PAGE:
3rd Act: Standing on the deck of the Spotlight Tavern reeling from the atrocities I had witnessed over the course of the night is when I first noticed it. There was a silence coming from inside (aside from the still nauseating slick of the grease as the tannest of tan carried on mindless incoherent conversations) and the repetitive assaults upon the glass had stopped. I decided to leave my safe haven (the farthest corner of the deck I could find) and venture, though warily, to the door and peer inside. The Brostep was gone. Suddenly a rush of excitement came over me as I had made it through the worst and now there was nothing which lay between myself and what I had come to see. With a loud crack throughout the bar each person became a blur and I pulled the corner of my mouth into a small grin. Another crack of the snare sent my grin into a full blown smile as I burst the door aside and headed for the stage at full pace. Boom Boom Boom. A feal kick drum. I was in heaven finally and just hearing the man tune up I saw others more interested in dancing and moving to the front of the stage. I knew this of course because the senseless hum that had persisted all night ceased…the crowd themselves was still a blur of my excitment. It was time for the main act to begin and I was finally going to see the fantastical drumming I had been forewarned about, and I was right. Or was I.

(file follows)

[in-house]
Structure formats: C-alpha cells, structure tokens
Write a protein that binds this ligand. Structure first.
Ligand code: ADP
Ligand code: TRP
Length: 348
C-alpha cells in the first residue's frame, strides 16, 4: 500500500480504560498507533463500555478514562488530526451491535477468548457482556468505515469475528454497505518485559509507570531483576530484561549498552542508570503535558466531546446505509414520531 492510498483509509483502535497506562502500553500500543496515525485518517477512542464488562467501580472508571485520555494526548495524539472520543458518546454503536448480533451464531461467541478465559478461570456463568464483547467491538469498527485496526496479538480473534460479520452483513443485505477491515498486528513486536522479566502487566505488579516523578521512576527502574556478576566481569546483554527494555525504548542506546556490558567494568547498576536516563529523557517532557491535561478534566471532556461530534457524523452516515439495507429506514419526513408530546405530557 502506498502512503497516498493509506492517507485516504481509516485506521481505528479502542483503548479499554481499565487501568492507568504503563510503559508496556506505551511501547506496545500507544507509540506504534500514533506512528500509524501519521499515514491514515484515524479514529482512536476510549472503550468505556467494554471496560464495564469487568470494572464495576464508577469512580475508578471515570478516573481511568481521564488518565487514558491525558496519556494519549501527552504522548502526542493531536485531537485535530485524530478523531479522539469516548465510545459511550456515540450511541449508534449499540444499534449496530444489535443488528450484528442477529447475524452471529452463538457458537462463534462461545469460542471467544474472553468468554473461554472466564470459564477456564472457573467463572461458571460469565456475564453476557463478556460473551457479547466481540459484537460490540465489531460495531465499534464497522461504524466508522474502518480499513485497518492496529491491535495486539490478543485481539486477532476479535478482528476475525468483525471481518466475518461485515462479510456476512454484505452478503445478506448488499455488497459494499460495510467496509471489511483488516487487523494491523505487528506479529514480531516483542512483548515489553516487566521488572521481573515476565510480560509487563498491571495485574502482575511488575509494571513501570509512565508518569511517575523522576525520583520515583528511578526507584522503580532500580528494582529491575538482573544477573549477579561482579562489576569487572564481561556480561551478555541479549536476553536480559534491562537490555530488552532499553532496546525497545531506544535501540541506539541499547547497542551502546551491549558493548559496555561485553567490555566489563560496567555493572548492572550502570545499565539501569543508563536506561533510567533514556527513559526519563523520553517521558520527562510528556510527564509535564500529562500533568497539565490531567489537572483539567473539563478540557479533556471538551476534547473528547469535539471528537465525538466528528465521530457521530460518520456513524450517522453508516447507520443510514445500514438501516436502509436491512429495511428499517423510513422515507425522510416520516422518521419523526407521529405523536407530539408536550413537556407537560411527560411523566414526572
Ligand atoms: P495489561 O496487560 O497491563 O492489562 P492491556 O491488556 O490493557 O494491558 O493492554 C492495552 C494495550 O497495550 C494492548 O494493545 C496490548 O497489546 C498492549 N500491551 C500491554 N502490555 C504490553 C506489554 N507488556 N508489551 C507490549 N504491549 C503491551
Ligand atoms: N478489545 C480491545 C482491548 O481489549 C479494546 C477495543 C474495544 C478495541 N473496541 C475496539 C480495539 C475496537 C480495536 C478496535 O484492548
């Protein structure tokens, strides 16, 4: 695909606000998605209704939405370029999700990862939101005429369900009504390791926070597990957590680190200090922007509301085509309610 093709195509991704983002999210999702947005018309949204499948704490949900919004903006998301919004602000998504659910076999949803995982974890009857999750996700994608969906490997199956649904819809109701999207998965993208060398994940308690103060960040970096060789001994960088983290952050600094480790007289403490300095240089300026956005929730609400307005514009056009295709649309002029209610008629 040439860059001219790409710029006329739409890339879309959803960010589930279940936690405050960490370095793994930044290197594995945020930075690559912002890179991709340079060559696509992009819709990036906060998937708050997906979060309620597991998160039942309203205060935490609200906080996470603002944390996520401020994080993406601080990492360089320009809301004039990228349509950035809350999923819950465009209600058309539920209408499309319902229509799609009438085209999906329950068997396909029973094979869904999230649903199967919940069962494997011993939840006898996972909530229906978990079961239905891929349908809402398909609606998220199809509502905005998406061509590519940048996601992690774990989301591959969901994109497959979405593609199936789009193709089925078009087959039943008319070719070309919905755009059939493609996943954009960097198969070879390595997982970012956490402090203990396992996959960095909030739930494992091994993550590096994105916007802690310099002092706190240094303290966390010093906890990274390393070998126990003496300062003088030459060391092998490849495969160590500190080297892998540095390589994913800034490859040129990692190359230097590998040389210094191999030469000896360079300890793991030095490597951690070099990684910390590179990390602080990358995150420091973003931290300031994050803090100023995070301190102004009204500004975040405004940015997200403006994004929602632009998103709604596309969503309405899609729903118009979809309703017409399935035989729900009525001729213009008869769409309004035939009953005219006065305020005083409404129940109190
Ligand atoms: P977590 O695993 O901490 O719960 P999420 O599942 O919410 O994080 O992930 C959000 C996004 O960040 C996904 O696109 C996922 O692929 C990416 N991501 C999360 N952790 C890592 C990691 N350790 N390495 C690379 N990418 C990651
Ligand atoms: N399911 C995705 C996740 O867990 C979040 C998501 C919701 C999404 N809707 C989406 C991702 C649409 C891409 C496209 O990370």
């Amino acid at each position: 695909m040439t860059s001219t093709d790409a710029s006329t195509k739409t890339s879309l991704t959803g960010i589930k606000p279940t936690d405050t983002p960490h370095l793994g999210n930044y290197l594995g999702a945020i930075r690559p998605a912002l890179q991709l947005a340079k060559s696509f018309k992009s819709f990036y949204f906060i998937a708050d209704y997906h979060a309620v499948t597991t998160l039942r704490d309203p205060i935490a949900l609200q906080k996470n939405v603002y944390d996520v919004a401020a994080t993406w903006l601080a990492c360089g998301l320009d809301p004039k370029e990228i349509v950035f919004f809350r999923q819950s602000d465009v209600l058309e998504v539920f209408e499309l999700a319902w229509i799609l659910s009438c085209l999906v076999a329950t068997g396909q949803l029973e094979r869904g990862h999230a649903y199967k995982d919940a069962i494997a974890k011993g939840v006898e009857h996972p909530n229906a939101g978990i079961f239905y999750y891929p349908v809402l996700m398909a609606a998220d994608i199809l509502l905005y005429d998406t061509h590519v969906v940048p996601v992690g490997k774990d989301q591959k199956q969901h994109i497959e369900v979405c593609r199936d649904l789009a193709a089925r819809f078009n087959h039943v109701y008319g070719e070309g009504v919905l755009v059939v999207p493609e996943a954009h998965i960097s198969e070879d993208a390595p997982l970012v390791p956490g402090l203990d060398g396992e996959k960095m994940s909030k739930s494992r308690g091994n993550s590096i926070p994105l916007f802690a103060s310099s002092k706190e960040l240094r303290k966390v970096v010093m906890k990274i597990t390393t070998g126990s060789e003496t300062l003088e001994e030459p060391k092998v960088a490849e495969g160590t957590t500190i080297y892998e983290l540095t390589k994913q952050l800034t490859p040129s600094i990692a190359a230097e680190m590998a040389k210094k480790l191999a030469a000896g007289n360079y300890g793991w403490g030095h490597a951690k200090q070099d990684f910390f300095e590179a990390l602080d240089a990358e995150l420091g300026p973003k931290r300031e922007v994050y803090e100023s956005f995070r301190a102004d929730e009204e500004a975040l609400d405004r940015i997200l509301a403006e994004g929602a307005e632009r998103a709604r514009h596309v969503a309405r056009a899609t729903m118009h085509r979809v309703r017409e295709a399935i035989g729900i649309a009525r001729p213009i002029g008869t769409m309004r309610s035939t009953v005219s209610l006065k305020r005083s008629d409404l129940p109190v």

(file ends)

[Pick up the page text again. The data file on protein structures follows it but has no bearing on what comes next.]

When the music started I realized that I had actually come to a show after all and that it simply lay dormant around me. Though the players were all askew, the spirit of the game was there and it was restless. A light ambient intro from a talented DJ and a gentle organic cymbal splash has rather rapidly become one of my preferred starts to a live-tronica show and more often than not I was not disappointed as it came standard. This was no different and before you know it the music has begun and every person there is feeling it at an equal level, at the same pace, despite anything else they had been doing prior in the evening. Not minutes ago I stood swaying with the breeze of the deck considering if the height of it was sufficient for tying a rope around my neck and jumping off and now I found myself front and center, replacing the prior slipper shoe wearing party starter. The drumming was as impressive as the set and the DJ knew what he was doing; it did not take long for the natural instincts of those around me to begin dancing if they were not before. That was the great brilliance in the natural drum kit: it brings out the tribal instinctive urge to move your body without you even realizing it and I was no different. However, the majesty of the moment was slowly tarnished by my creeping awareness of a lack of variety in the playing. One by one I noticed as those that were the most in tune with the music began slowing down and losing interest while those that had joined in at the beginning of the set had all but dispersed entirely. It suddenly hit me that the drummer I had waited so long and arduously to see was all out of tricks and there was still much to come. I slowly moved from the front leaving the position to the truly dedicated and slinked off to the back to watch the scene as a whole as I had been prior to my excitement. In an instant I observed exactly what I had feared from the beginning: this was stagnant and unoriginal. My joy for seeing an actual instrument played had caused me to overlook the fact that the drummer himself was playing the same beats I found impressive from most every other drummer I have seen in such a format. It was not him that impressed me, but the beats themselves. I had been fooled and as I looked at the sticky mass of people before me (sadly noting that the only thing larger than their numbers was their gut wrenching odor) and felt upset for them. You see they too had been fooled and yet there they stood, banging away as if they themselves were the “totally awesome” drummer they were now watching. I was getting dizzy again; it was finally time to leave.